Sensation Seeking Scale
The Sensation Seeking Scale is a dispositional measure designed to assess individual differences in “the seeking of varied, novel, complex and intense sensations and experiences” (Zuckerman 1994, p. 27). After its appearance in the mid-1960s, the measure underwent considerable development, and the current iteration, Form 5 (SSS-V; Zuckerman et al. 1978), has been the standard for assessing the construct for nearly four decades.
Research on the effects of sensory deprivation in the late 1940s revealed notable individual differences in the ability to tolerate the procedures and in the extent to which participants would seek out sources of stimulation available in the stimulus-restricted environment. A number of theorists concluded that individuals differ in their preferred levels of stimulation and arousal. The SSS was developed by Marvin Zuckerman and coworkers to predict individual differences in response to sensory deprivation. It...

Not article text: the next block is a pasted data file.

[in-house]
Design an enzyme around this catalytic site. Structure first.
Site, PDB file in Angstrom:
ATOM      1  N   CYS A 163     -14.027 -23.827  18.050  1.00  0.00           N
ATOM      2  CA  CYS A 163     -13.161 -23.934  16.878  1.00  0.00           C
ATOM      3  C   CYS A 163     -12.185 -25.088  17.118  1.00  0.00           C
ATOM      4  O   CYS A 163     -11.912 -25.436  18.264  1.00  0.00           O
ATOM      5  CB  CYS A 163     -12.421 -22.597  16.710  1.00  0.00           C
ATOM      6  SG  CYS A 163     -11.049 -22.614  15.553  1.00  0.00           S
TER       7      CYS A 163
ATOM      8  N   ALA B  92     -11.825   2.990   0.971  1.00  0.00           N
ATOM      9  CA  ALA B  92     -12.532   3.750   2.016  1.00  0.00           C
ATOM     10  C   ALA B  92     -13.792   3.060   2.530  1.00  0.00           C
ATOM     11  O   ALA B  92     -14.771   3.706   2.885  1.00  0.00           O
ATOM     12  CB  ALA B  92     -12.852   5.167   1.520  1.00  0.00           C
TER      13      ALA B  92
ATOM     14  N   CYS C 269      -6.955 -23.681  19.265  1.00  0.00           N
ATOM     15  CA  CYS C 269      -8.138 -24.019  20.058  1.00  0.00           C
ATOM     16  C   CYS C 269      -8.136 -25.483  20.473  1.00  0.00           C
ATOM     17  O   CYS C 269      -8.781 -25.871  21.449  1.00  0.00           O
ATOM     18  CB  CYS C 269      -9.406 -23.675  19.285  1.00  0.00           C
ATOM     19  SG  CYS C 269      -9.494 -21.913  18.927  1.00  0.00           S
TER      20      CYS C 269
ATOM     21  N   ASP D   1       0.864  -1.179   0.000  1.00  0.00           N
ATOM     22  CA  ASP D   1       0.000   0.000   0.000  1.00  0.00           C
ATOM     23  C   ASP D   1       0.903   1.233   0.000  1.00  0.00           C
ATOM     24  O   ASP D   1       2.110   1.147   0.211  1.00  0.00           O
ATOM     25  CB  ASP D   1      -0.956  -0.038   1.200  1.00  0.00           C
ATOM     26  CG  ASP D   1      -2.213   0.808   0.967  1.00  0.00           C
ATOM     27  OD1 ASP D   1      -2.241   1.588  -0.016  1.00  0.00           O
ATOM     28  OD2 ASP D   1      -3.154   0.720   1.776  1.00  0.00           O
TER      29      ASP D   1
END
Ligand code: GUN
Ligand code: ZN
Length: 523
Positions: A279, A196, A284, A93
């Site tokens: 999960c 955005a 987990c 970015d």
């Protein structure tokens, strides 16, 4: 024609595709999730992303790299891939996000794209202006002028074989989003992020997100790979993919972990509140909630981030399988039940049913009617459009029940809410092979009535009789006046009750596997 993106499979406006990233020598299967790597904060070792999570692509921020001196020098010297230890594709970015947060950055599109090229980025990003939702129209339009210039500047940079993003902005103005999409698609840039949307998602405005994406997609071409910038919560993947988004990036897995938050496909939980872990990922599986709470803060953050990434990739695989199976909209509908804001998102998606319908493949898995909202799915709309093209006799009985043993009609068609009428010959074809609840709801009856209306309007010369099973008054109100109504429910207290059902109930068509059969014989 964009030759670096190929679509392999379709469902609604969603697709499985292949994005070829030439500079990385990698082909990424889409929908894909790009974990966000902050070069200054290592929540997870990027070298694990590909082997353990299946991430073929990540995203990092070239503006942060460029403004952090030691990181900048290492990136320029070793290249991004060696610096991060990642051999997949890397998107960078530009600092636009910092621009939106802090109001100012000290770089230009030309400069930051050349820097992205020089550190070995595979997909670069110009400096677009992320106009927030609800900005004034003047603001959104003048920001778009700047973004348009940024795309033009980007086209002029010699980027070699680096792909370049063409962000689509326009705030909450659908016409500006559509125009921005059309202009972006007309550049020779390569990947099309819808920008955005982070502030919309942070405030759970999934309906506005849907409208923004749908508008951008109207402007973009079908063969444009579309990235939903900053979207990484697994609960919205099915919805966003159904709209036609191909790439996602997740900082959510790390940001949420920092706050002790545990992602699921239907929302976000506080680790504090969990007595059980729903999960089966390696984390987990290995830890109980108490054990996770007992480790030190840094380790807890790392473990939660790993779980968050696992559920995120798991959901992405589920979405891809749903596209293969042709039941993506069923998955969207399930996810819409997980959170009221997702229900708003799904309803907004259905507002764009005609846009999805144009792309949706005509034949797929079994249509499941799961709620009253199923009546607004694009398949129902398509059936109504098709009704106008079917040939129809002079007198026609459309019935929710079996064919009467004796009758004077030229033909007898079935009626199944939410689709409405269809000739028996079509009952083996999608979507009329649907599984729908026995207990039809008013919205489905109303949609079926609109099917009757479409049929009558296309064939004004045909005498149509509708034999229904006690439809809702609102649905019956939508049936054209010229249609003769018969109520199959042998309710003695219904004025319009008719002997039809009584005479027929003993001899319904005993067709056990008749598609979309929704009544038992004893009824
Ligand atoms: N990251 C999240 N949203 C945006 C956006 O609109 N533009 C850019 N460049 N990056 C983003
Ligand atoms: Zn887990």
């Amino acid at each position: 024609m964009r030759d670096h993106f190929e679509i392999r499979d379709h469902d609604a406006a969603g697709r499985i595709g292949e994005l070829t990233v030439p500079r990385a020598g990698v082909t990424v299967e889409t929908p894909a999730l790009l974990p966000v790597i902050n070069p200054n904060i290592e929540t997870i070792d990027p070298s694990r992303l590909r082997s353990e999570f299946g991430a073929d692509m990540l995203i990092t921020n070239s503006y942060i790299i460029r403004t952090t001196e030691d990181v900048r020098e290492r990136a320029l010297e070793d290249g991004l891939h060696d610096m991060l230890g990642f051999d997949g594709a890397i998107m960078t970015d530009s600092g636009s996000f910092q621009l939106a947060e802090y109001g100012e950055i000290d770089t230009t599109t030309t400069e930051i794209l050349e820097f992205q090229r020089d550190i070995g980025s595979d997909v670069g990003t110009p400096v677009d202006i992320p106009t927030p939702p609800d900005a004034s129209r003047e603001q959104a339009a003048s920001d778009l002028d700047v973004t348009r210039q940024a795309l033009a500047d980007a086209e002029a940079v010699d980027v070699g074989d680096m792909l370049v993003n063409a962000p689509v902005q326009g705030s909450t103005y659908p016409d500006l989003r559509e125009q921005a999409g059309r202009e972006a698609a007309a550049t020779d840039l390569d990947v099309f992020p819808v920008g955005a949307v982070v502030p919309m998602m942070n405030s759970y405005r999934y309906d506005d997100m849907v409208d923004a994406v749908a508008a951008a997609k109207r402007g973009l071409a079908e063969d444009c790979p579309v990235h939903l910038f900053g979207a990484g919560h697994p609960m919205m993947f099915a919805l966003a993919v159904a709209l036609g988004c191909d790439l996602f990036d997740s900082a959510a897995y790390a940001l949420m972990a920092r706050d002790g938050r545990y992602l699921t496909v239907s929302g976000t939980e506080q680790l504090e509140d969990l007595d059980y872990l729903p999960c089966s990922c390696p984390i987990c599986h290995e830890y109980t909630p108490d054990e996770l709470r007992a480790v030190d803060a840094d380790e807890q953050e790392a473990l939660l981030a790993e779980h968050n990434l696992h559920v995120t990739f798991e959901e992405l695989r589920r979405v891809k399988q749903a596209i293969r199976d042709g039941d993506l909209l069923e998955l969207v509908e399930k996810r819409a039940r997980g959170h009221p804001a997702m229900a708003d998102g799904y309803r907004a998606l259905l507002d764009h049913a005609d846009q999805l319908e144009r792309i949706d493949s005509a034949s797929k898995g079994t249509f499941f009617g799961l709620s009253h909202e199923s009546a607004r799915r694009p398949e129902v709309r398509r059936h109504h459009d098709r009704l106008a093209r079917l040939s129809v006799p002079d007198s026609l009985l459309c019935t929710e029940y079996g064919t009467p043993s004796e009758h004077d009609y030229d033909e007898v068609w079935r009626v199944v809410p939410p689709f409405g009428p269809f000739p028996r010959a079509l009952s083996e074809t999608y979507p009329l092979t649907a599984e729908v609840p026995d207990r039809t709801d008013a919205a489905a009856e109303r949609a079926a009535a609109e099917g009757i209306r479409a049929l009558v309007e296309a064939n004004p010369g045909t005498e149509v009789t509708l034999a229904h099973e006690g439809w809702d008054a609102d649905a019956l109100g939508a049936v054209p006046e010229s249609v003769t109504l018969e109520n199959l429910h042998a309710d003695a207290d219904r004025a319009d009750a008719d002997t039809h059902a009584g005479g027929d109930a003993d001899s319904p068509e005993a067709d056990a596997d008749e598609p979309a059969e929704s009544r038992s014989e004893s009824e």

- Liebe, N., & Roth, M. (2013). Sensation seeking and emotion. In C. Mohiyeddini, M. Eysenck, & S. Bauer (Eds.), Handbook of psychology of emotions (pp. 273–295). Hauppauge: Nova Science Publishers.Google Scholar
- Zuckerman, M. (1994). Behavioral expressions and biosocial bases of sensation seeking. New York: Cambridge University Press.Google Scholar